Supermarket Wines Have Never Been Cheaper

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Former hyperinflation of Australian cheap wines almost destroyed the Australian wine industry

The price war of certain wine categories on the Croatian market has been going on for years, so some wines are literally cheaper each day and more available to a wider circle of consumers. The price war began in the middle of a crisis, when certain renowned producers began lowering the purchase price of their bottled wines to the level of one euro or less, moving on to supermarkets, which massively began using global techniques of wine retail sales which don’t know of a bottom limit.

Even in very good department stores such as El Corte Inglés in Spain, it is possible to buy many bottled, mostly South American, but also Spanish wines for two to three euros, while British supermarkets are overloaded with bottles up to 4,99 pounds (let it be said the former hyperinflation of Australian cheap wines almost destroyed the Australian wine industry and halved the value of her export, as it destroyed the reputation of those wines).

In Croatia, until last year the relatively lowest prices of bottled wines were found in Vrutak and the currently almost non-existent Dobra Vina. Ilok Cellars in their chain of stores regularly held sales, with bottles priced around 23 kunas, which immediately raised sales. Various supermarket chains, headed by Konzum, also occasionally lowered prices of most wanted bottled brands by thirty percent, sometimes empty shelves so fast they literally didn’t have time to refill them.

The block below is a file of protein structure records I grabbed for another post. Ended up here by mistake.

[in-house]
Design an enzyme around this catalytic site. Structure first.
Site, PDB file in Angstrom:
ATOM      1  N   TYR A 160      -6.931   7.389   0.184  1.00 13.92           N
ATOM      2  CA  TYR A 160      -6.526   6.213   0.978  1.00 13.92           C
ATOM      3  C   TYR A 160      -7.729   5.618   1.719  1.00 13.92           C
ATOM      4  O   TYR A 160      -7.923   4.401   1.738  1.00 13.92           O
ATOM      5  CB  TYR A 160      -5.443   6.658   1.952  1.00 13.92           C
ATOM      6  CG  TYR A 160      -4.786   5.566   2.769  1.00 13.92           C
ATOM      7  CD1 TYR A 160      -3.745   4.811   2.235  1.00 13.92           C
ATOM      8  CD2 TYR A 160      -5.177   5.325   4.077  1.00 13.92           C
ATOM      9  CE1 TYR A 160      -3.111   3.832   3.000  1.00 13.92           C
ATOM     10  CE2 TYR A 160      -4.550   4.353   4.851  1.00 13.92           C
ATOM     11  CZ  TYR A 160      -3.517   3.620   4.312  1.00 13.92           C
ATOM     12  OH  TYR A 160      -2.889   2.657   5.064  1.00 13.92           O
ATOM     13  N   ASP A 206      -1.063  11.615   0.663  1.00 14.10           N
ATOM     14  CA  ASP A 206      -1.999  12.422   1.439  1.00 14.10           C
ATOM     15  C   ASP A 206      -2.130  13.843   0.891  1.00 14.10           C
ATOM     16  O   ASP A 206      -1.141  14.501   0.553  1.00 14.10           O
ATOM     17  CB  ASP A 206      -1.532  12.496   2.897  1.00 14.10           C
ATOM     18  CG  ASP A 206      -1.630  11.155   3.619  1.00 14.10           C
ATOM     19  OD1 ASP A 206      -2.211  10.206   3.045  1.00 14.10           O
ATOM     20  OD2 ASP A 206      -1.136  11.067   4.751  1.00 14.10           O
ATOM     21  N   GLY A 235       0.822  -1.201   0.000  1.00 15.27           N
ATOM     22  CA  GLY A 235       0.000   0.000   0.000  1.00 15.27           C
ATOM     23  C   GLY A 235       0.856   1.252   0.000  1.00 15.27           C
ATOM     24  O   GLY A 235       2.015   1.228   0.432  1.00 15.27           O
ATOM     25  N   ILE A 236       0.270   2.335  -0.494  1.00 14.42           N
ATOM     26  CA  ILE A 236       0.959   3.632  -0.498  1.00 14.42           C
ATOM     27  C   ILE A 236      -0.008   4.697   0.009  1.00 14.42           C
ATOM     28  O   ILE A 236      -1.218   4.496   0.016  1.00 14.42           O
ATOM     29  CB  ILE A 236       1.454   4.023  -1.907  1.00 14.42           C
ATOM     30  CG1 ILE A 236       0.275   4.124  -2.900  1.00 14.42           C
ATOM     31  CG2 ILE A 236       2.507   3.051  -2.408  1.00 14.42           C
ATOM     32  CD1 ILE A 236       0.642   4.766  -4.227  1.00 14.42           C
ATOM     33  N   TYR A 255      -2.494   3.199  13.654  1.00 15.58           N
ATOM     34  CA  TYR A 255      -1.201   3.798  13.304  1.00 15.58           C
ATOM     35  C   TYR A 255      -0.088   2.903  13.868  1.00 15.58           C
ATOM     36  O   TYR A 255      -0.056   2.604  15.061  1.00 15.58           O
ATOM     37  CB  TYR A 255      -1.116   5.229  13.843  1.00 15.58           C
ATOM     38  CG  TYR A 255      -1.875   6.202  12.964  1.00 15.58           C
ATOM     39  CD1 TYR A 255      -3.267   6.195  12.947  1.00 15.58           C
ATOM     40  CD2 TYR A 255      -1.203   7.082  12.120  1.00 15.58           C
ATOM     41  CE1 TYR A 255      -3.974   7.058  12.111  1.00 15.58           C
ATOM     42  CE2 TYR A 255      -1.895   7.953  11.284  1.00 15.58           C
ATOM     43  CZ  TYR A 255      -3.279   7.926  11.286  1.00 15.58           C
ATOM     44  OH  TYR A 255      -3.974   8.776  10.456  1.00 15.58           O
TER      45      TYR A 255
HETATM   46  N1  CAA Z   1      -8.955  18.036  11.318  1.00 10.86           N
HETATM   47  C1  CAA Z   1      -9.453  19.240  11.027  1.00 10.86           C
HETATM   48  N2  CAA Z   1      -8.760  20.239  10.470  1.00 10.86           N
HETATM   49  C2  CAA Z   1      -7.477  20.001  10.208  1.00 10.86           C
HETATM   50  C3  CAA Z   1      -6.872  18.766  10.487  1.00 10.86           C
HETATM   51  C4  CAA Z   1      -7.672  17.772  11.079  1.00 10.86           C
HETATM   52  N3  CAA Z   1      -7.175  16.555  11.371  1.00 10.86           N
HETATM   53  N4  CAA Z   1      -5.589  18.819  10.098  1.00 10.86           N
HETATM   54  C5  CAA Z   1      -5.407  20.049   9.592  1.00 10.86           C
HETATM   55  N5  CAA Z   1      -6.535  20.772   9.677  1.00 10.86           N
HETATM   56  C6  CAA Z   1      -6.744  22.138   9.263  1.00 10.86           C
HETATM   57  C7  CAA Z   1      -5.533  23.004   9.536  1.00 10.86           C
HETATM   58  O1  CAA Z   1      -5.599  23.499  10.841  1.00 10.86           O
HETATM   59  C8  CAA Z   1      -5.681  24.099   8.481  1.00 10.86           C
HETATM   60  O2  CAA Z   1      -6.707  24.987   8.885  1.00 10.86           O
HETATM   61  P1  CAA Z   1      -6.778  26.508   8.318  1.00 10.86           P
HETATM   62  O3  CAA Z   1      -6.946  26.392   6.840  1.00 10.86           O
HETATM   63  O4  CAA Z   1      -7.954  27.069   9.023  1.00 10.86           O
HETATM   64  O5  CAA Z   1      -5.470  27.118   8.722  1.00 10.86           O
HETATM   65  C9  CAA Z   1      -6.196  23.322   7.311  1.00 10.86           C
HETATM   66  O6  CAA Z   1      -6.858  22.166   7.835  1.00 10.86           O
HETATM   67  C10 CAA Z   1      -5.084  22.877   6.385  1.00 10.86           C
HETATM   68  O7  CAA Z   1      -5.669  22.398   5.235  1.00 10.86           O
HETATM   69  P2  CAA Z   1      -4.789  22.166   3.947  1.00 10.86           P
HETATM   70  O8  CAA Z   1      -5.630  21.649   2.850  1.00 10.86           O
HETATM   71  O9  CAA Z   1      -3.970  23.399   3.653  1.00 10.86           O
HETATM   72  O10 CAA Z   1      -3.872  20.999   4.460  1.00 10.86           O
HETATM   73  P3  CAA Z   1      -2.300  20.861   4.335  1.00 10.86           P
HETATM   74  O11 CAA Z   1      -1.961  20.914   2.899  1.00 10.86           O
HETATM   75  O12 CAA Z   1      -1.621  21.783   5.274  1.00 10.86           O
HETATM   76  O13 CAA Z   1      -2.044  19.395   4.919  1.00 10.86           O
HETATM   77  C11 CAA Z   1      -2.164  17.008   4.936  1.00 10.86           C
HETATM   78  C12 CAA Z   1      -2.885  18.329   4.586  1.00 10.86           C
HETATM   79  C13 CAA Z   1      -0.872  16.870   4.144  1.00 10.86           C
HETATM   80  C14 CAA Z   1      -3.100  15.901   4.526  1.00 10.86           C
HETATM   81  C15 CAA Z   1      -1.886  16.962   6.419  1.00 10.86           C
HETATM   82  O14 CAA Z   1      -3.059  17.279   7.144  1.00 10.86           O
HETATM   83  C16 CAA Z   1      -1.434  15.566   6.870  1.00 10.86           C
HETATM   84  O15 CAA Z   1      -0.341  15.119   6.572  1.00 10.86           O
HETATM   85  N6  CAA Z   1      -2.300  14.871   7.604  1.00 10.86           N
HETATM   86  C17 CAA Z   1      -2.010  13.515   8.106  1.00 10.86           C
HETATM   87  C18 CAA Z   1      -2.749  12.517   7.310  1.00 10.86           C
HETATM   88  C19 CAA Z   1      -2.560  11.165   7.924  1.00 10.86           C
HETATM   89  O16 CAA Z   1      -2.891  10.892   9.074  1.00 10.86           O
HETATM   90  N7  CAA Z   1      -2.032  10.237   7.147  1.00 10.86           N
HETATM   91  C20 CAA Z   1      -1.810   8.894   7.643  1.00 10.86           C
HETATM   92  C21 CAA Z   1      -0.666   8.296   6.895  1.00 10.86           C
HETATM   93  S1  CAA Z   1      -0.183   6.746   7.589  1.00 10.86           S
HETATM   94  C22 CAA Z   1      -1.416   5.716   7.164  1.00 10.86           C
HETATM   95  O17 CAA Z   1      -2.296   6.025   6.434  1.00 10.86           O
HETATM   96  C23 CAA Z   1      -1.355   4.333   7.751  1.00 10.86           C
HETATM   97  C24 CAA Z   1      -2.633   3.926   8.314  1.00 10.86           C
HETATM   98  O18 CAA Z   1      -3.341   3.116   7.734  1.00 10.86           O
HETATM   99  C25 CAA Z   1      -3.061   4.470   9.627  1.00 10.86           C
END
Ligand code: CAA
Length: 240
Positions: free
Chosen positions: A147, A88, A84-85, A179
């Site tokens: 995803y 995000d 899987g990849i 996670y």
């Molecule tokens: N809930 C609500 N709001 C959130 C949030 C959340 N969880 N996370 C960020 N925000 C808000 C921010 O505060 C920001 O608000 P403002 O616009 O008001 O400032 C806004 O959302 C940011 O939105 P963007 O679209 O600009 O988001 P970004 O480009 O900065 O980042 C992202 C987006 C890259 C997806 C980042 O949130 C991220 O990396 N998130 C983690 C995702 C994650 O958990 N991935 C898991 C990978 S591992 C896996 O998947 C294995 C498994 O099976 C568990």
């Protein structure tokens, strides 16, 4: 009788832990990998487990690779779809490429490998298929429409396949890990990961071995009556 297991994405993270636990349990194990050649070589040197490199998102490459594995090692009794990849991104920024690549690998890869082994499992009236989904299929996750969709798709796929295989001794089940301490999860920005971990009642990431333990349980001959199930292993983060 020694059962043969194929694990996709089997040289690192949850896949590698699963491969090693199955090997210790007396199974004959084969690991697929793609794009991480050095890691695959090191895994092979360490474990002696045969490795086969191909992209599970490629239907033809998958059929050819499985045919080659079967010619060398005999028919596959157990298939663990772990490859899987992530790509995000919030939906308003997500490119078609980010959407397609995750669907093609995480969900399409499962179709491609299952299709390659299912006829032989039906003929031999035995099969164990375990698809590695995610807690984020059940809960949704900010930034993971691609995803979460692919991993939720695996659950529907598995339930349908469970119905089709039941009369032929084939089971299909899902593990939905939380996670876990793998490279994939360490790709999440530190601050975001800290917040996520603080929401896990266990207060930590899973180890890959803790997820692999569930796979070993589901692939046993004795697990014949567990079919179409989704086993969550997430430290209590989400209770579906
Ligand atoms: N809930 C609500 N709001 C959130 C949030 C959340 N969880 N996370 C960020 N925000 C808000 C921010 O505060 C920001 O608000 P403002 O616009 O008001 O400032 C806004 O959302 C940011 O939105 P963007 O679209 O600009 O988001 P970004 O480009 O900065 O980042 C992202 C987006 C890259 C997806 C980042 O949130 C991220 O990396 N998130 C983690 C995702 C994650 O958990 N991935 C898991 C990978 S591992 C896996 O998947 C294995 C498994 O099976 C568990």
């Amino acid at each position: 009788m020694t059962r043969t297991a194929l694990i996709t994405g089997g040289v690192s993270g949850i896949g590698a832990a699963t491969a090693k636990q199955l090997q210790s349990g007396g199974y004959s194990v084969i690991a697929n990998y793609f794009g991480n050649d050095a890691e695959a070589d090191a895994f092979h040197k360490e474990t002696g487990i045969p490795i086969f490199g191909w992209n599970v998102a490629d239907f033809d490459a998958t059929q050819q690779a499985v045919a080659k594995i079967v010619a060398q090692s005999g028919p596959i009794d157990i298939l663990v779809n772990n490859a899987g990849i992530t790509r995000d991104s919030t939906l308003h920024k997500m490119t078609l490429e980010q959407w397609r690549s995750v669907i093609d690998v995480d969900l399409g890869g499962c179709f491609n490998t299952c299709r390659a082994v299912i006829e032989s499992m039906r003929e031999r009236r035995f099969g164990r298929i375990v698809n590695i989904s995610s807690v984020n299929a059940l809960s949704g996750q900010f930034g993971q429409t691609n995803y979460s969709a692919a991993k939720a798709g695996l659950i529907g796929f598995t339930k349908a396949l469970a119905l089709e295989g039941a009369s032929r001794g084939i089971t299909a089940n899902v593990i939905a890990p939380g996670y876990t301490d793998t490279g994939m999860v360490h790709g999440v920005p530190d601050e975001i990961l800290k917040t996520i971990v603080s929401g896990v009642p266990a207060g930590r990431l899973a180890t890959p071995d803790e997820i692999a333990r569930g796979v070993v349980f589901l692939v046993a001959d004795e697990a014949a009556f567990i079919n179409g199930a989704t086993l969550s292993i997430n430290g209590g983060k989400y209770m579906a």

It seems that Spar has just beaten all records in low prices of bottled wines. These days we flipped through Spar’s wine catalogue and ran into, for example, Graševina Čobanković for 18 kunas per bottle and the Plavac by reputed winery Skaramuča for 25 kunas per bottle. The Superior Belje Graševina, whose regular price is around 50 kunas, is being sold in Spar for 40, and a whole line of Macedonian bottles for 13 to 15 kunas. The popular, but for too long truly terrible T’ga za Jug can be bought for 25 kunas. Even Krauthaker’s Superior Graševina came a few lipas below 50 kunas, which is 10 to 15 kunas below its regular price.

We also came across a wine with a Bordeaux label being sold for 25 kunas, which actually explains the decision by French authorities for the areas with poor vineyards in Bordeaux to be drastically reduced so the reputation of the most important global wine appellation would not be crumbled. It will be interesting to see how Vrutak will respond to Spar’s challenge, as prices of certain bottles in Vrutak are currently some 10 kunas higher than in Spar.

For the original and more from Plava Kamenica, click here.



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